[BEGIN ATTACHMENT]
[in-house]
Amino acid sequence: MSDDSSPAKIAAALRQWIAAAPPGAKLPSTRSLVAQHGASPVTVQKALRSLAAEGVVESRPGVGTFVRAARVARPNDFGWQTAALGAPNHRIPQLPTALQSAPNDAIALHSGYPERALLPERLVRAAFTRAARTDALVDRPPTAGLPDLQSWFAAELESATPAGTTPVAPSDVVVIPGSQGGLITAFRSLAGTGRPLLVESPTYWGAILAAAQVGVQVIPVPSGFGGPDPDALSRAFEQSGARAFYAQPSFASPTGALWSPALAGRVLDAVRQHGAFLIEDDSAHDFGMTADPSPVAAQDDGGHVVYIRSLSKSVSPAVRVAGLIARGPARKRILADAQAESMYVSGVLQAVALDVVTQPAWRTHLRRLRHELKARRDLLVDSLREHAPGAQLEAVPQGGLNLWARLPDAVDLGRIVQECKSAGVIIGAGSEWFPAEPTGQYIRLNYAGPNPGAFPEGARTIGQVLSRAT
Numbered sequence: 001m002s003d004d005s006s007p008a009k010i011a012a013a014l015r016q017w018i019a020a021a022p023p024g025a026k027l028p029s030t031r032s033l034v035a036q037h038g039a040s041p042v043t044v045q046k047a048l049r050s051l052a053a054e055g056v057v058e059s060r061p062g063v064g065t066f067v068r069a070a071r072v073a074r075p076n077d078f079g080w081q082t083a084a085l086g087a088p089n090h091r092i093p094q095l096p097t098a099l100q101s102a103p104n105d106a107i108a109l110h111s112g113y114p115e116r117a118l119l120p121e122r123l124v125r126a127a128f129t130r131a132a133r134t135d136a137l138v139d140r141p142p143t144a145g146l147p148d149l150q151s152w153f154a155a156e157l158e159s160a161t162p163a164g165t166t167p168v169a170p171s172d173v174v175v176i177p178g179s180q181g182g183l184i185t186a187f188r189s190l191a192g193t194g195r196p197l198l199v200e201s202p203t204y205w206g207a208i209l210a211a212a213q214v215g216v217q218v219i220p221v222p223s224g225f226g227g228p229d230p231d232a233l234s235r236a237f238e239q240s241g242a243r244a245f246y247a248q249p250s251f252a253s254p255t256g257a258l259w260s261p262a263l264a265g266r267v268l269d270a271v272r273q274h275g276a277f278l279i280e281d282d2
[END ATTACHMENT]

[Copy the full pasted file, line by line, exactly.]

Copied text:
[in-house]
Amino acid sequence: MSDDSSPAKIAAALRQWIAAAPPGAKLPSTRSLVAQHGASPVTVQKALRSLAAEGVVESRPGVGTFVRAARVARPNDFGWQTAALGAPNHRIPQLPTALQSAPNDAIALHSGYPERALLPERLVRAAFTRAARTDALVDRPPTAGLPDLQSWFAAELESATPAGTTPVAPSDVVVIPGSQGGLITAFRSLAGTGRPLLVESPTYWGAILAAAQVGVQVIPVPSGFGGPDPDALSRAFEQSGARAFYAQPSFASPTGALWSPALAGRVLDAVRQHGAFLIEDDSAHDFGMTADPSPVAAQDDGGHVVYIRSLSKSVSPAVRVAGLIARGPARKRILADAQAESMYVSGVLQAVALDVVTQPAWRTHLRRLRHELKARRDLLVDSLREHAPGAQLEAVPQGGLNLWARLPDAVDLGRIVQECKSAGVIIGAGSEWFPAEPTGQYIRLNYAGPNPGAFPEGARTIGQVLSRAT
Numbered sequence: 001m002s003d004d005s006s007p008a009k010i011a012a013a014l015r016q017w018i019a020a021a022p023p024g025a026k027l028p029s030t031r032s033l034v035a036q037h038g039a040s041p042v043t044v045q046k047a048l049r050s051l052a053a054e055g056v057v058e059s060r061p062g063v064g065t066f067v068r069a070a071r072v073a074r075p076n077d078f079g080w081q082t083a084a085l086g087a088p089n090h091r092i093p094q095l096p097t098a099l100q101s102a103p104n105d106a107i108a109l110h111s112g113y114p115e116r117a118l119l120p121e122r123l124v125r126a127a128f129t130r131a132a133r134t135d136a137l138v139d140r141p142p143t144a145g146l147p148d149l150q151s152w153f154a155a156e157l158e159s160a161t162p163a164g165t166t167p168v169a170p171s172d173v174v175v176i177p178g179s180q181g182g183l184i185t186a187f188r189s190l191a192g193t194g195r196p197l198l199v200e201s202p203t204y205w206g207a208i209l210a211a212a213q214v215g216v217q218v219i220p221v222p223s224g225f226g227g228p229d230p231d232a233l234s235r236a237f238e239q240s241g242a243r244a245f246y247a248q249p250s251f252a253s254p255t256g257a258l259w260s261p262a263l264a265g266r267v268l269d270a271v272r273q274h275g276a277f278l279i280e281d282d2